In 2015, several RAM employees went on a Lean Manufacturing Tour of Japan. In this series of posts, we recount our experiences and observations. May our stories leave you convinced of the truth of the great Japanese proverb:
When someone is converted to a particular philosophy or perspective, there is an initial phase called the “cage stage”. This is when the person is so enamored with their newfound truth, that they put everyone they meet in a virtual headlock to make sure they hear all about it ad nauseam, making those around them feel like perhaps it’s best for that person to be in a “cage” for a while until they can be trusted to safely interact with others. (Side note: this is not to be confused with the other “Cage stage”, which is a thespian euphemism for over-acting.) Hoks was the company we visited in Japan that was the most similar to RAM, and their leaders were definitely in the Lean “cage stage”. These guys took 5S to a whole new level. Everything was labeled. Everything was in its place. And I mean everything. Take a look at this wall clock for example:
It’s labelled, numbered, and positioned precisely so you know exactly where it is supposed to go and what its functionality is. Even their light fixtures and tables and chairs were numbered and marked. We kidded our friends at Hoks that they really weren’t 5S, but 5C, which is 5S combined with generous amounts of cocaine. They didn’t seem to get the joke.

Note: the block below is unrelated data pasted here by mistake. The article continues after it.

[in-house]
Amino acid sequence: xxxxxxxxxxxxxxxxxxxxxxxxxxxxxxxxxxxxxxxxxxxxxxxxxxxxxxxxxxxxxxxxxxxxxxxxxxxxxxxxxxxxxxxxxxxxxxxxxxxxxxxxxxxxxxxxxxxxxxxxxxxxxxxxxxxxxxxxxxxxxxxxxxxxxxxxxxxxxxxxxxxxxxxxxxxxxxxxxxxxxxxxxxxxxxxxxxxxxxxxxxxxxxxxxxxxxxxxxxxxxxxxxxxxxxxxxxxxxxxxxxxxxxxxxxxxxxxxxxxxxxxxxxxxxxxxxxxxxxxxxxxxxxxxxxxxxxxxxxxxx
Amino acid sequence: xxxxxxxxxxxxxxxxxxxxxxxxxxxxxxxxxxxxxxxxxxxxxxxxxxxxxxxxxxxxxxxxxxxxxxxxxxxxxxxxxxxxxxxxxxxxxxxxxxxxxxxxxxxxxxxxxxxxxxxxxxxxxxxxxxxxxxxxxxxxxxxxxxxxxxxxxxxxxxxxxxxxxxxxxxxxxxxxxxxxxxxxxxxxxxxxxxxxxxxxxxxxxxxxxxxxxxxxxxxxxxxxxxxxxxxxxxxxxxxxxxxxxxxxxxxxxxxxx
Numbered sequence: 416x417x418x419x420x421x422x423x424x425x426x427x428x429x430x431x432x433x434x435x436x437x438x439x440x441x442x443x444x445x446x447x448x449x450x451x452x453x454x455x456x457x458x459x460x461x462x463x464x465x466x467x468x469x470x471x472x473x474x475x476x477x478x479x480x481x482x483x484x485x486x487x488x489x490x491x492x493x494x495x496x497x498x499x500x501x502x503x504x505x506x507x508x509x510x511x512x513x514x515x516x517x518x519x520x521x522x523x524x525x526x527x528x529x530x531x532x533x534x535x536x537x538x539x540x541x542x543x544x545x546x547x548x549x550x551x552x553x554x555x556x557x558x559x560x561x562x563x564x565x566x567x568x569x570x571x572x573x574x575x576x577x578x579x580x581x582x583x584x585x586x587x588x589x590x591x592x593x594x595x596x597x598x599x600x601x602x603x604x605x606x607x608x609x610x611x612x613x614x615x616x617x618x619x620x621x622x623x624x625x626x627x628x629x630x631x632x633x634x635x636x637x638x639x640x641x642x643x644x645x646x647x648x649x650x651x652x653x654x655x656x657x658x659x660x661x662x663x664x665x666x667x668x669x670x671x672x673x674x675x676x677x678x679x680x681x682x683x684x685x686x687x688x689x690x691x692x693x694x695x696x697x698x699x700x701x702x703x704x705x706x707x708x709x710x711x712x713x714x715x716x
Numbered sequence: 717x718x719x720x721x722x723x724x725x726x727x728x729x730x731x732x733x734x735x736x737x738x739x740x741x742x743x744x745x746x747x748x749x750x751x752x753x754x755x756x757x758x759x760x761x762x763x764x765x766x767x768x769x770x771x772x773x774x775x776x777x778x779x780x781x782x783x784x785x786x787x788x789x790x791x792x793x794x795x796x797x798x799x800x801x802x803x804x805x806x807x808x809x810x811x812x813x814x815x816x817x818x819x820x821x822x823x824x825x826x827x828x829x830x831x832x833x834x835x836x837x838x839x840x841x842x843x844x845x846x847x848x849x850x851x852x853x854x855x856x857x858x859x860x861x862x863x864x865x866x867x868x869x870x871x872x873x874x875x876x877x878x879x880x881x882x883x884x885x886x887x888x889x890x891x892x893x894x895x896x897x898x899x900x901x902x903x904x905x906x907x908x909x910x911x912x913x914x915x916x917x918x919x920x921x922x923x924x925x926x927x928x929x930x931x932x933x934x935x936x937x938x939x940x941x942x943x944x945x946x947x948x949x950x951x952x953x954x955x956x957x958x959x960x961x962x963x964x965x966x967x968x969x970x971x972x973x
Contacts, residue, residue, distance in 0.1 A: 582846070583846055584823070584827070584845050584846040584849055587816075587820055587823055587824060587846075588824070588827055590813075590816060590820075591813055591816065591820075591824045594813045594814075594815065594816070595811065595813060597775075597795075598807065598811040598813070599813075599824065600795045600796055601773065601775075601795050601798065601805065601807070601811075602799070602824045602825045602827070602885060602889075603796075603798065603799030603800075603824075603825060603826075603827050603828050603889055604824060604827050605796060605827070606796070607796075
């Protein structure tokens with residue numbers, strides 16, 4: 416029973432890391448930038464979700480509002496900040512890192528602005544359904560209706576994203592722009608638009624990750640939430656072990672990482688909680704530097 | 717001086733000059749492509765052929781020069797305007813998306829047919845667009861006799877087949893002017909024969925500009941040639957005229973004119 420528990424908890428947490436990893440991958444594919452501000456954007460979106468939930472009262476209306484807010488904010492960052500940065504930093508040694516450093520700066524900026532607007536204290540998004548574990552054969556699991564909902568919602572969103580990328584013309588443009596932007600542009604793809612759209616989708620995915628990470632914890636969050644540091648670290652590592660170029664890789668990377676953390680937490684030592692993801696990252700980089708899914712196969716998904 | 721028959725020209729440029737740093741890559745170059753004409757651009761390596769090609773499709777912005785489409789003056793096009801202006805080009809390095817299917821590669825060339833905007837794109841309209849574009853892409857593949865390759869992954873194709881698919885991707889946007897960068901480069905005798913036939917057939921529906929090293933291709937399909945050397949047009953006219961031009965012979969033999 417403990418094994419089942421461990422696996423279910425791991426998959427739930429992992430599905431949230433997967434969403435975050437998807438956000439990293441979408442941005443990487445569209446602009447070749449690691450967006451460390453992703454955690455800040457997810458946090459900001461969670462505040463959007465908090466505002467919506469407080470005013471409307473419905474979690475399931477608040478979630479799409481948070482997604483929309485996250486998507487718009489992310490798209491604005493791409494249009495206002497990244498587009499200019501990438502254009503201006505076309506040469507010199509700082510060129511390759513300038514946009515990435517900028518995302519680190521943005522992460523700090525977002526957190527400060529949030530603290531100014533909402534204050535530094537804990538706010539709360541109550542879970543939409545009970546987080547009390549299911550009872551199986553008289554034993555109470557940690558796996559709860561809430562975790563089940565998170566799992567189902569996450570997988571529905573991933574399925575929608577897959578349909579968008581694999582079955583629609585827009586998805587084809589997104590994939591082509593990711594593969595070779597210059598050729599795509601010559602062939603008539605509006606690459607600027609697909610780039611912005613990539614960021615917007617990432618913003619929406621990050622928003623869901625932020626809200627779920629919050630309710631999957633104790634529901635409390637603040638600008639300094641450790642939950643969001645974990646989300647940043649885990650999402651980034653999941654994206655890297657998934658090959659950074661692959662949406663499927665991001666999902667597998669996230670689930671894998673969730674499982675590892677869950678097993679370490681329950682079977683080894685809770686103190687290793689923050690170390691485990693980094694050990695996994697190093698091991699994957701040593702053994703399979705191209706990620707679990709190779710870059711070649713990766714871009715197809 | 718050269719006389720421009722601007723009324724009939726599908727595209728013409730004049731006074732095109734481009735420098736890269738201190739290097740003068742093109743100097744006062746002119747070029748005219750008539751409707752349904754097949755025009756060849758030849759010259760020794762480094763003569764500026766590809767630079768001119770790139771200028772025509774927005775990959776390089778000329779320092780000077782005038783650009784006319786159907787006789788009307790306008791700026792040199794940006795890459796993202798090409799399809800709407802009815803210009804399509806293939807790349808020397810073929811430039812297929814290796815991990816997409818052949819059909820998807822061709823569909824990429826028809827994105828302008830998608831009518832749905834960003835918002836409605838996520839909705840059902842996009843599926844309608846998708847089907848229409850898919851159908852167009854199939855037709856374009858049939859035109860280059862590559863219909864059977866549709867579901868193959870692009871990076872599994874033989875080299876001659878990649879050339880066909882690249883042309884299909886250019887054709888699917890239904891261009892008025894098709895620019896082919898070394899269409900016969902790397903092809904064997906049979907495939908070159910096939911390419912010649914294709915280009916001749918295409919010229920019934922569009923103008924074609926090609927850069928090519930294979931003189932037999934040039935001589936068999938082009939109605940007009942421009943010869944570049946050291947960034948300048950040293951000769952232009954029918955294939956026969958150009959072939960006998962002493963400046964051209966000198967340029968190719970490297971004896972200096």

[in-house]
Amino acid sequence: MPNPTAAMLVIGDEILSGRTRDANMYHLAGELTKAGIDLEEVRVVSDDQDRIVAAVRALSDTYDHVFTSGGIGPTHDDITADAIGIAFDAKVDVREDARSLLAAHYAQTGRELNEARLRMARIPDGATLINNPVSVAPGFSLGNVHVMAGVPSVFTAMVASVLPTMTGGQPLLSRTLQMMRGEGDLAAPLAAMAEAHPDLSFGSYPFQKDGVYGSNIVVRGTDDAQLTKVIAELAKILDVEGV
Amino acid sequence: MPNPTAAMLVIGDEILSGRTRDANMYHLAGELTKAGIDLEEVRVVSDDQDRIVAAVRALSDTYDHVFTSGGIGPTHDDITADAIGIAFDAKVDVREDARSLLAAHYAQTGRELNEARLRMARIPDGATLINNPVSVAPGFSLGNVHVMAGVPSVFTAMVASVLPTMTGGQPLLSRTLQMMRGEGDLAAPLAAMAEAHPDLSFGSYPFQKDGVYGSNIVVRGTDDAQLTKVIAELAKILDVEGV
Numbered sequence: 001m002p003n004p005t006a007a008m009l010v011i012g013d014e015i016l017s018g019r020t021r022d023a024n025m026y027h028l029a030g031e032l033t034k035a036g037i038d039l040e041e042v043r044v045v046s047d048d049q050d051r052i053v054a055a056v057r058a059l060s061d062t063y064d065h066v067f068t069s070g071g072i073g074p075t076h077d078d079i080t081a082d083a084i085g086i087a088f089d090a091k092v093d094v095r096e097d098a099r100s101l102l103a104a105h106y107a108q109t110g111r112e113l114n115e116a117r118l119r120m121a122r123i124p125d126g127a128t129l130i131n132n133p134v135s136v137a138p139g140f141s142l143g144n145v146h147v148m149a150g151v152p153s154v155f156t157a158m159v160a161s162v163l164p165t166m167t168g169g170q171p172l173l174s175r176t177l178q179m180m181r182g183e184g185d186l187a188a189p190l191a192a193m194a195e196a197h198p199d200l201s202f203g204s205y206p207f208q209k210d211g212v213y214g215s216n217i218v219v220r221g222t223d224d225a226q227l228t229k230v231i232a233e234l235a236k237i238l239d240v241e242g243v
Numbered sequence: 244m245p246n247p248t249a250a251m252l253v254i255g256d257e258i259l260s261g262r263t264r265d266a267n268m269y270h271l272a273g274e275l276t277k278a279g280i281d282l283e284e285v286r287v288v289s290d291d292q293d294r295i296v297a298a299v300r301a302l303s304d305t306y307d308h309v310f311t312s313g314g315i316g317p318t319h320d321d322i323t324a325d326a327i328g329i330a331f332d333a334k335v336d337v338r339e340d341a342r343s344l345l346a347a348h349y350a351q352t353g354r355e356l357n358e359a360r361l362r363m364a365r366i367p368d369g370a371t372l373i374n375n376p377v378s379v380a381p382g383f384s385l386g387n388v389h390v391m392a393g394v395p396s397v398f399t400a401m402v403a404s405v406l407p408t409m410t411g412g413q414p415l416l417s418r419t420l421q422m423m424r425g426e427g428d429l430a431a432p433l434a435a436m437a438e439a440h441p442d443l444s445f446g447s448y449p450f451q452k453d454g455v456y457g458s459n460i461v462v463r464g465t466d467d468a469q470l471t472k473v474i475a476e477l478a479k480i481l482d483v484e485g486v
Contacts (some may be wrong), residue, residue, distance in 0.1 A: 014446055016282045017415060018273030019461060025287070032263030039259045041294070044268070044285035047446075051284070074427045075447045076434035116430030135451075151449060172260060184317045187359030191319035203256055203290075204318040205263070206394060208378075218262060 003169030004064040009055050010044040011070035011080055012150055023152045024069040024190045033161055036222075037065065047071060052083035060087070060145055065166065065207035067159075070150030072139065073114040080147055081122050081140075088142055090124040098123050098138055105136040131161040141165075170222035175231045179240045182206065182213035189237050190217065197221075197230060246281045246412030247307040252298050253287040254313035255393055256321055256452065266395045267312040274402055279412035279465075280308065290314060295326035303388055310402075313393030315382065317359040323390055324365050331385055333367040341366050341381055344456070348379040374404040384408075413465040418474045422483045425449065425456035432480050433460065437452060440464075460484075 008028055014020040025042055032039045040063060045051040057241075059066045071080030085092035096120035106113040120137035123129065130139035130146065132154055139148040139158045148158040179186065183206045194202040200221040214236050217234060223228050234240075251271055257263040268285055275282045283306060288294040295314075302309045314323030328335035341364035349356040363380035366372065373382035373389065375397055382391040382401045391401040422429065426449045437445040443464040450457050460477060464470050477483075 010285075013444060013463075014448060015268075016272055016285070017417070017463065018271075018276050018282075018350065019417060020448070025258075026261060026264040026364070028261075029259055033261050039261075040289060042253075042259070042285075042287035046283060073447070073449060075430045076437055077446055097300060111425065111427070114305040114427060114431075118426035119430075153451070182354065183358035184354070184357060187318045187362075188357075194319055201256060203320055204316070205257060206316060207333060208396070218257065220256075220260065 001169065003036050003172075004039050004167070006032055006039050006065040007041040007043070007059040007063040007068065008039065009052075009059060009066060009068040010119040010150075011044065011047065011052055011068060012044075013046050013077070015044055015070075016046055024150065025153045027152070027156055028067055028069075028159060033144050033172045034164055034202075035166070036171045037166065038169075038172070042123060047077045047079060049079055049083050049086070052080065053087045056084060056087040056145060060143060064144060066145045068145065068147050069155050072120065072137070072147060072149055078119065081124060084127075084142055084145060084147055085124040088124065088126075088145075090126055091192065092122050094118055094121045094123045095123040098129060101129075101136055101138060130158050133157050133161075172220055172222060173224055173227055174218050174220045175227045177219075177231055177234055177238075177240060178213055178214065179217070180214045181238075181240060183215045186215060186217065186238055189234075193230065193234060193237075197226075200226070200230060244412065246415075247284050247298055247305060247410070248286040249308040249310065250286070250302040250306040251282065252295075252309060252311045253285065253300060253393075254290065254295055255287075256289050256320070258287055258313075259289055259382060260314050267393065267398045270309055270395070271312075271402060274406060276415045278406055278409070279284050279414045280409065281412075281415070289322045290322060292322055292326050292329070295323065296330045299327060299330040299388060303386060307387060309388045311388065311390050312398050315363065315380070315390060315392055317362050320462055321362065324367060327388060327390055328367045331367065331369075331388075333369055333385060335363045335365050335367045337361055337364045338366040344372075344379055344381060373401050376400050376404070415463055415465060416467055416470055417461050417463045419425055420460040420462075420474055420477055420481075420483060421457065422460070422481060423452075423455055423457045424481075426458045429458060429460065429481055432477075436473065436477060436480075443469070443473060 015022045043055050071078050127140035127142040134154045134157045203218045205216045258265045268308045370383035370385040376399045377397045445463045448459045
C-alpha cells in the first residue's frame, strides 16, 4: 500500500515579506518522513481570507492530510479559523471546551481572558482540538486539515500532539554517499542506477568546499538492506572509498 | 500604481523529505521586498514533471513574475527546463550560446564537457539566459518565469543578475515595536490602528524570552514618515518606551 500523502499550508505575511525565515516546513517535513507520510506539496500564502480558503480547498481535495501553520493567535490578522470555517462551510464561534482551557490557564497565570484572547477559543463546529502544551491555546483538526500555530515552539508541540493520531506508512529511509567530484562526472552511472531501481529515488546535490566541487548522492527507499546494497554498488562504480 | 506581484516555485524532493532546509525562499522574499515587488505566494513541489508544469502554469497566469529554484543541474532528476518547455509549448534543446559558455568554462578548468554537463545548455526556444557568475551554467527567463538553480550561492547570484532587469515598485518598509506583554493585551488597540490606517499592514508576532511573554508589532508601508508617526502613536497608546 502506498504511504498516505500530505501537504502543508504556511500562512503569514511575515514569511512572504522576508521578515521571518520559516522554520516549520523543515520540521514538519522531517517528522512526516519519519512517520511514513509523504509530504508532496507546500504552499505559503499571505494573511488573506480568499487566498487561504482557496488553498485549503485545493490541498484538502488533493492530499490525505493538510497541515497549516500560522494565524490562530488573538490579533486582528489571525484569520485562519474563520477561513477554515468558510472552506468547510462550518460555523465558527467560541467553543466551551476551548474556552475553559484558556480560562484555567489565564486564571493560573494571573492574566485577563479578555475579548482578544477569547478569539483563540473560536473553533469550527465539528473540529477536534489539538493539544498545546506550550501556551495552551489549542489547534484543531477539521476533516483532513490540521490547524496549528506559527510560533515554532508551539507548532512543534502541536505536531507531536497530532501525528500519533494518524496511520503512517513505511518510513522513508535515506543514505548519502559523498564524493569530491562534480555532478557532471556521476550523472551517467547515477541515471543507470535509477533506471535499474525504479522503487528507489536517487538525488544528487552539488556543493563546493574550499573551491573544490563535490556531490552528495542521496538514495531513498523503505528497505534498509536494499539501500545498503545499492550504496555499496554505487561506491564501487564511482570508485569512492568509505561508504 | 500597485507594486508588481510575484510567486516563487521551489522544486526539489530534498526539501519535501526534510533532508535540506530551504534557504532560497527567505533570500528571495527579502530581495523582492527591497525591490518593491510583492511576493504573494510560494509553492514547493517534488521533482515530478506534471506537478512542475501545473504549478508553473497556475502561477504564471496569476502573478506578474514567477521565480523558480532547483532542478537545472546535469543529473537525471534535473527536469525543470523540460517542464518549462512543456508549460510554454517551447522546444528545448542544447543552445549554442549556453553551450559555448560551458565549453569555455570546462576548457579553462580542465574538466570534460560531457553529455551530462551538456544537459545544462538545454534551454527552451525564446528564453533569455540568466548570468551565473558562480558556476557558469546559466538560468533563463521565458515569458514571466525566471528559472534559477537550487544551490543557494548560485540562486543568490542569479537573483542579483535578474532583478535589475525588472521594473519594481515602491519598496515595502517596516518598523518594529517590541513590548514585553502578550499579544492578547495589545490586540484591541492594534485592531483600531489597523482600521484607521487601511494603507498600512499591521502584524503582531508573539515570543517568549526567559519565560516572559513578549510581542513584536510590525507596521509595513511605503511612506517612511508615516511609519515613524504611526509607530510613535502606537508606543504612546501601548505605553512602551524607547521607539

Hoks is essentially a job shop that makes a high number of different electronic SKU’s. This makes line-leveling a challenge. This is another way in which they are similar to RAM. But they do a great job of mitigating that through continual improvement practices.
Also consistent with their philosophy of lean and efficiency, at Hoks they were able to take all subjectivity out of the phrase “a sense of urgency.” You hear that all the time from managers and employers. “I want to see a sense of urgency.” But what is urgency to one person might not be urgency to another. Enter Hoks: problem solved, we will post a precise speed that we believe reflects a sense of urgency, and when you walk by the radar gun you can see whether you’re walking fast enough. An eminently Japanese solution to the problem!
They have lots of fun at Hoks, despite the fact that they ride that fine line between genius and insanity. And management is all-in. During the Lean conversion, the manager we spoke to set the example by coming in early and cleaning toilets himself. He said he had to get to the point where he loved it. “I love you, Mr. Toilet,” he said. (Of course, if Hoks had toilets from Toto, they probably wouldn’t have to worry about cleaning them.) Trying to take advantage of the jovial atmosphere during a question and answer time, some smart aleck** asked Hoks management if they’d ever considered adding “a loogie” to the end of their name. Once again, crickets.
A large poster in the stairwell displayed inarguable wisdom: in a bright cartoony illustration, it conveyed the idea that your factory is your best salesperson. For companies that practice Lean, this is unquestionably true. RAM also tries to abide by the Hoks dictum that a tour of our factory is a necessary precondition to doing business with us.
Bravo, Hoks, on both your Lean conversion and your craziness. We love it!